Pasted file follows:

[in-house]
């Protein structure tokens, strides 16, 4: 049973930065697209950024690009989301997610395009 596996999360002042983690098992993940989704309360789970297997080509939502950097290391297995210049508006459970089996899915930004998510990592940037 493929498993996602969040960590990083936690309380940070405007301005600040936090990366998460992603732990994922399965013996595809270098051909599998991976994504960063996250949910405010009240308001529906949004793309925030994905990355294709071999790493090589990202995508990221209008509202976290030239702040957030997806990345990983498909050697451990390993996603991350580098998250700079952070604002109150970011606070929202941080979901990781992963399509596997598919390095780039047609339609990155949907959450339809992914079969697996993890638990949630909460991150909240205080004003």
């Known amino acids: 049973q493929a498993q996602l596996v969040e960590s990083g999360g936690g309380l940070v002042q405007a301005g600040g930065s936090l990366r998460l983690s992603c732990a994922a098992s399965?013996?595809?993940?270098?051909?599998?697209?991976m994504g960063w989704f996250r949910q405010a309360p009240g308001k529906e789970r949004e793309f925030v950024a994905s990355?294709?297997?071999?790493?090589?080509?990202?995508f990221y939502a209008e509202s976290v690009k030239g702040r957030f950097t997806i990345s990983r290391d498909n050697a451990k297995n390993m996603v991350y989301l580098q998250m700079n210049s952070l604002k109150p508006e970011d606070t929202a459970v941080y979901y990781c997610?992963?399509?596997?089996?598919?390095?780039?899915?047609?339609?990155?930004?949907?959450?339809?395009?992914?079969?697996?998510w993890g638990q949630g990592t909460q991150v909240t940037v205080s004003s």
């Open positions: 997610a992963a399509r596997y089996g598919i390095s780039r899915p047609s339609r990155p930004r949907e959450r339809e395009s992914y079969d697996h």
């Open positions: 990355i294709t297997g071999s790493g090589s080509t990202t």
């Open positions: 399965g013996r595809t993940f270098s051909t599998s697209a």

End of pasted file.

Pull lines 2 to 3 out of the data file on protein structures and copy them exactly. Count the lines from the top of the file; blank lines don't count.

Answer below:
């Protein structure tokens, strides 16, 4: 049973930065697209950024690009989301997610395009 596996999360002042983690098992993940989704309360789970297997080509939502950097290391297995210049508006459970089996899915930004998510990592940037 493929498993996602969040960590990083936690309380940070405007301005600040936090990366998460992603732990994922399965013996595809270098051909599998991976994504960063996250949910405010009240308001529906949004793309925030994905990355294709071999790493090589990202995508990221209008509202976290030239702040957030997806990345990983498909050697451990390993996603991350580098998250700079952070604002109150970011606070929202941080979901990781992963399509596997598919390095780039047609339609990155949907959450339809992914079969697996993890638990949630909460991150909240205080004003």
């Known amino acids: 049973q493929a498993q996602l596996v969040e960590s990083g999360g936690g309380l940070v002042q405007a301005g600040g930065s936090l990366r998460l983690s992603c732990a994922a098992s399965?013996?595809?993940?270098?051909?599998?697209?991976m994504g960063w989704f996250r949910q405010a309360p009240g308001k529906e789970r949004e793309f925030v950024a994905s990355?294709?297997?071999?790493?090589?080509?990202?995508f990221y939502a209008e509202s976290v690009k030239g702040r957030f950097t997806i990345s990983r290391d498909n050697a451990k297995n390993m996603v991350y989301l580098q998250m700079n210049s952070l604002k109150p508006e970011d606070t929202a459970v941080y979901y990781c997610?992963?399509?596997?089996?598919?390095?780039?899915?047609?339609?990155?930004?949907?959450?339809?395009?992914?079969?697996?998510w993890g638990q949630g990592t909460q991150v909240t940037v205080s004003s």